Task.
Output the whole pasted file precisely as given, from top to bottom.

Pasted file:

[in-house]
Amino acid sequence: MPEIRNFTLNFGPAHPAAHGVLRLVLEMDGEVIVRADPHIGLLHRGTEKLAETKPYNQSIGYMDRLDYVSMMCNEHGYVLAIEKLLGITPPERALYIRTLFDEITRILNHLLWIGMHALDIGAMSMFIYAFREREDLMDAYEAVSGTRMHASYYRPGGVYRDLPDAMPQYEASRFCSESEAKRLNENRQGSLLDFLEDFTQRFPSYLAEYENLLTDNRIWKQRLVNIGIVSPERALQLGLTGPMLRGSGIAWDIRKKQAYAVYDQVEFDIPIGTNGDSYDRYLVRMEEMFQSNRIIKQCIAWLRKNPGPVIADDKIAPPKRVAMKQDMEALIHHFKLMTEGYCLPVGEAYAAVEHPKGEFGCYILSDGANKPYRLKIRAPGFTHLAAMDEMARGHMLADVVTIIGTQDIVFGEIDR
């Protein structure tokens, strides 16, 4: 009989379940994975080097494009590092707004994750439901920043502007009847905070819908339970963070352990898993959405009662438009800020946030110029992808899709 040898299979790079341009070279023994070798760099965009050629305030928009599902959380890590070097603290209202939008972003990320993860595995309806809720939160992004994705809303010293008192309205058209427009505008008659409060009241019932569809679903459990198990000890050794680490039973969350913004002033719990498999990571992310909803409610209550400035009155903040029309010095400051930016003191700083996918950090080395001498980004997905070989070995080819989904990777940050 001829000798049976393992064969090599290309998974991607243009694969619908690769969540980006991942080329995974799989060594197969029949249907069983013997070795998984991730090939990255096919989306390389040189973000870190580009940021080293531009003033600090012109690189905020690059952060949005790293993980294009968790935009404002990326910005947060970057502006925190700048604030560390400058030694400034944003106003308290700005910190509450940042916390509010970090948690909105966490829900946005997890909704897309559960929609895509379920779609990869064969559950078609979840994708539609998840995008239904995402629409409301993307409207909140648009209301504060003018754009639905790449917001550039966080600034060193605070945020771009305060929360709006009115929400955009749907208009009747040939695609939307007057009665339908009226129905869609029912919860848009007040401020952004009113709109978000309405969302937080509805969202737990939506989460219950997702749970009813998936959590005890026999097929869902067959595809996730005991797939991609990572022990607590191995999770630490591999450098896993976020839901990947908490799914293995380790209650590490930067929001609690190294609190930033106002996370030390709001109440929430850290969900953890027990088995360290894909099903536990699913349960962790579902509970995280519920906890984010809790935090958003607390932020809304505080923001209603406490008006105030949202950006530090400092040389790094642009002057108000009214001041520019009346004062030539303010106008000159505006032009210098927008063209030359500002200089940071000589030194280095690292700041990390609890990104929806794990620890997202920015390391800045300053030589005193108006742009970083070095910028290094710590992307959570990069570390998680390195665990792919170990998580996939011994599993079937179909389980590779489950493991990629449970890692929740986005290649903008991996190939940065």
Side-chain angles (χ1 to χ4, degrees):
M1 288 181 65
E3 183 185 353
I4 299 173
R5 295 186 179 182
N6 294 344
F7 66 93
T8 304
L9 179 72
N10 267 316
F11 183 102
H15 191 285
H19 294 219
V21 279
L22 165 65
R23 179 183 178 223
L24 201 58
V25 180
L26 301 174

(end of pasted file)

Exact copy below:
[in-house]
Amino acid sequence: MPEIRNFTLNFGPAHPAAHGVLRLVLEMDGEVIVRADPHIGLLHRGTEKLAETKPYNQSIGYMDRLDYVSMMCNEHGYVLAIEKLLGITPPERALYIRTLFDEITRILNHLLWIGMHALDIGAMSMFIYAFREREDLMDAYEAVSGTRMHASYYRPGGVYRDLPDAMPQYEASRFCSESEAKRLNENRQGSLLDFLEDFTQRFPSYLAEYENLLTDNRIWKQRLVNIGIVSPERALQLGLTGPMLRGSGIAWDIRKKQAYAVYDQVEFDIPIGTNGDSYDRYLVRMEEMFQSNRIIKQCIAWLRKNPGPVIADDKIAPPKRVAMKQDMEALIHHFKLMTEGYCLPVGEAYAAVEHPKGEFGCYILSDGANKPYRLKIRAPGFTHLAAMDEMARGHMLADVVTIIGTQDIVFGEIDR
């Protein structure tokens, strides 16, 4: 009989379940994975080097494009590092707004994750439901920043502007009847905070819908339970963070352990898993959405009662438009800020946030110029992808899709 040898299979790079341009070279023994070798760099965009050629305030928009599902959380890590070097603290209202939008972003990320993860595995309806809720939160992004994705809303010293008192309205058209427009505008008659409060009241019932569809679903459990198990000890050794680490039973969350913004002033719990498999990571992310909803409610209550400035009155903040029309010095400051930016003191700083996918950090080395001498980004997905070989070995080819989904990777940050 001829000798049976393992064969090599290309998974991607243009694969619908690769969540980006991942080329995974799989060594197969029949249907069983013997070795998984991730090939990255096919989306390389040189973000870190580009940021080293531009003033600090012109690189905020690059952060949005790293993980294009968790935009404002990326910005947060970057502006925190700048604030560390400058030694400034944003106003308290700005910190509450940042916390509010970090948690909105966490829900946005997890909704897309559960929609895509379920779609990869064969559950078609979840994708539609998840995008239904995402629409409301993307409207909140648009209301504060003018754009639905790449917001550039966080600034060193605070945020771009305060929360709006009115929400955009749907208009009747040939695609939307007057009665339908009226129905869609029912919860848009007040401020952004009113709109978000309405969302937080509805969202737990939506989460219950997702749970009813998936959590005890026999097929869902067959595809996730005991797939991609990572022990607590191995999770630490591999450098896993976020839901990947908490799914293995380790209650590490930067929001609690190294609190930033106002996370030390709001109440929430850290969900953890027990088995360290894909099903536990699913349960962790579902509970995280519920906890984010809790935090958003607390932020809304505080923001209603406490008006105030949202950006530090400092040389790094642009002057108000009214001041520019009346004062030539303010106008000159505006032009210098927008063209030359500002200089940071000589030194280095690292700041990390609890990104929806794990620890997202920015390391800045300053030589005193108006742009970083070095910028290094710590992307959570990069570390998680390195665990792919170990998580996939011994599993079937179909389980590779489950493991990629449970890692929740986005290649903008991996190939940065």
Side-chain angles (χ1 to χ4, degrees):
M1 288 181 65
E3 183 185 353
I4 299 173
R5 295 186 179 182
N6 294 344
F7 66 93
T8 304
L9 179 72
N10 267 316
F11 183 102
H15 191 285
H19 294 219
V21 279
L22 165 65
R23 179 183 178 223
L24 201 58
V25 180
L26 301 174